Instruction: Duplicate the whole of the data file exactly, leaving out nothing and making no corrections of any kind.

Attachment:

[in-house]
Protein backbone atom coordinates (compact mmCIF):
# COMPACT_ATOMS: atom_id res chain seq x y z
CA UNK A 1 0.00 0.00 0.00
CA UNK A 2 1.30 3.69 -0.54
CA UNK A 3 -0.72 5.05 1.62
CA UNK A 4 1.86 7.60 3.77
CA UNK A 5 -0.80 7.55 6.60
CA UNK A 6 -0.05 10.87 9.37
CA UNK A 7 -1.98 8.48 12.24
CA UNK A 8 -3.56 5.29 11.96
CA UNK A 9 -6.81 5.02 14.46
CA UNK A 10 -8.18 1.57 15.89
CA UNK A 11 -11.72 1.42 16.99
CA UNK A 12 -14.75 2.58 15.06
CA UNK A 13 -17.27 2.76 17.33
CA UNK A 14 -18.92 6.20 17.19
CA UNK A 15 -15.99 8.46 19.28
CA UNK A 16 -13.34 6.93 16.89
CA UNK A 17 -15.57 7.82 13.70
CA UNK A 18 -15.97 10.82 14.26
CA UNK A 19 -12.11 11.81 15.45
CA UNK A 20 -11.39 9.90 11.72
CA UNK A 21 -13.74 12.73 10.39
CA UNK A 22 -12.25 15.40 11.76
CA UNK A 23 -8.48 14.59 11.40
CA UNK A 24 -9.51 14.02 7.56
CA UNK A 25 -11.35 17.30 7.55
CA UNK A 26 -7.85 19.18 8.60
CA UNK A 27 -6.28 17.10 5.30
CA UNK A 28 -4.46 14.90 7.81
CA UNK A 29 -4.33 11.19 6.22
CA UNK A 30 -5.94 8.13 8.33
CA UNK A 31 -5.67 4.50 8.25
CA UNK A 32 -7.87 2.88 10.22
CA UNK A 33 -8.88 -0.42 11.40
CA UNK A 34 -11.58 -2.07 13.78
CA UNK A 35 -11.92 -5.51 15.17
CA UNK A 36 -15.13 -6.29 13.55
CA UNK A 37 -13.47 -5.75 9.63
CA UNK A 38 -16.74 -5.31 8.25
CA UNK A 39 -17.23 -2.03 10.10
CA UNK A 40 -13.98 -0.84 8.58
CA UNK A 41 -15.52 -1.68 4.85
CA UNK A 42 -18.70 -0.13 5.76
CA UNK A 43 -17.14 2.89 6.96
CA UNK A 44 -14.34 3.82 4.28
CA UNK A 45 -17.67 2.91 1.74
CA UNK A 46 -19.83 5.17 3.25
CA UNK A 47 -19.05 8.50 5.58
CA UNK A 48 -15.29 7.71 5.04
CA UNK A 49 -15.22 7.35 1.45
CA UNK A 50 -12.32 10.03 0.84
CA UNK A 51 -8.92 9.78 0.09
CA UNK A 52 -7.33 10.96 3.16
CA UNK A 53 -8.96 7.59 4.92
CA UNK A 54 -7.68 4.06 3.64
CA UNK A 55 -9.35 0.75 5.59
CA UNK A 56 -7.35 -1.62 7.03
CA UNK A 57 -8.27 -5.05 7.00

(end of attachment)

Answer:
[in-house]
Protein backbone atom coordinates (compact mmCIF):
# COMPACT_ATOMS: atom_id res chain seq x y z
CA UNK A 1 0.00 0.00 0.00
CA UNK A 2 1.30 3.69 -0.54
CA UNK A 3 -0.72 5.05 1.62
CA UNK A 4 1.86 7.60 3.77
CA UNK A 5 -0.80 7.55 6.60
CA UNK A 6 -0.05 10.87 9.37
CA UNK A 7 -1.98 8.48 12.24
CA UNK A 8 -3.56 5.29 11.96
CA UNK A 9 -6.81 5.02 14.46
CA UNK A 10 -8.18 1.57 15.89
CA UNK A 11 -11.72 1.42 16.99
CA UNK A 12 -14.75 2.58 15.06
CA UNK A 13 -17.27 2.76 17.33
CA UNK A 14 -18.92 6.20 17.19
CA UNK A 15 -15.99 8.46 19.28
CA UNK A 16 -13.34 6.93 16.89
CA UNK A 17 -15.57 7.82 13.70
CA UNK A 18 -15.97 10.82 14.26
CA UNK A 19 -12.11 11.81 15.45
CA UNK A 20 -11.39 9.90 11.72
CA UNK A 21 -13.74 12.73 10.39
CA UNK A 22 -12.25 15.40 11.76
CA UNK A 23 -8.48 14.59 11.40
CA UNK A 24 -9.51 14.02 7.56
CA UNK A 25 -11.35 17.30 7.55
CA UNK A 26 -7.85 19.18 8.60
CA UNK A 27 -6.28 17.10 5.30
CA UNK A 28 -4.46 14.90 7.81
CA UNK A 29 -4.33 11.19 6.22
CA UNK A 30 -5.94 8.13 8.33
CA UNK A 31 -5.67 4.50 8.25
CA UNK A 32 -7.87 2.88 10.22
CA UNK A 33 -8.88 -0.42 11.40
CA UNK A 34 -11.58 -2.07 13.78
CA UNK A 35 -11.92 -5.51 15.17
CA UNK A 36 -15.13 -6.29 13.55
CA UNK A 37 -13.47 -5.75 9.63
CA UNK A 38 -16.74 -5.31 8.25
CA UNK A 39 -17.23 -2.03 10.10
CA UNK A 40 -13.98 -0.84 8.58
CA UNK A 41 -15.52 -1.68 4.85
CA UNK A 42 -18.70 -0.13 5.76
CA UNK A 43 -17.14 2.89 6.96
CA UNK A 44 -14.34 3.82 4.28
CA UNK A 45 -17.67 2.91 1.74
CA UNK A 46 -19.83 5.17 3.25
CA UNK A 47 -19.05 8.50 5.58
CA UNK A 48 -15.29 7.71 5.04
CA UNK A 49 -15.22 7.35 1.45
CA UNK A 50 -12.32 10.03 0.84
CA UNK A 51 -8.92 9.78 0.09
CA UNK A 52 -7.33 10.96 3.16
CA UNK A 53 -8.96 7.59 4.92
CA UNK A 54 -7.68 4.06 3.64
CA UNK A 55 -9.35 0.75 5.59
CA UNK A 56 -7.35 -1.62 7.03
CA UNK A 57 -8.27 -5.05 7.00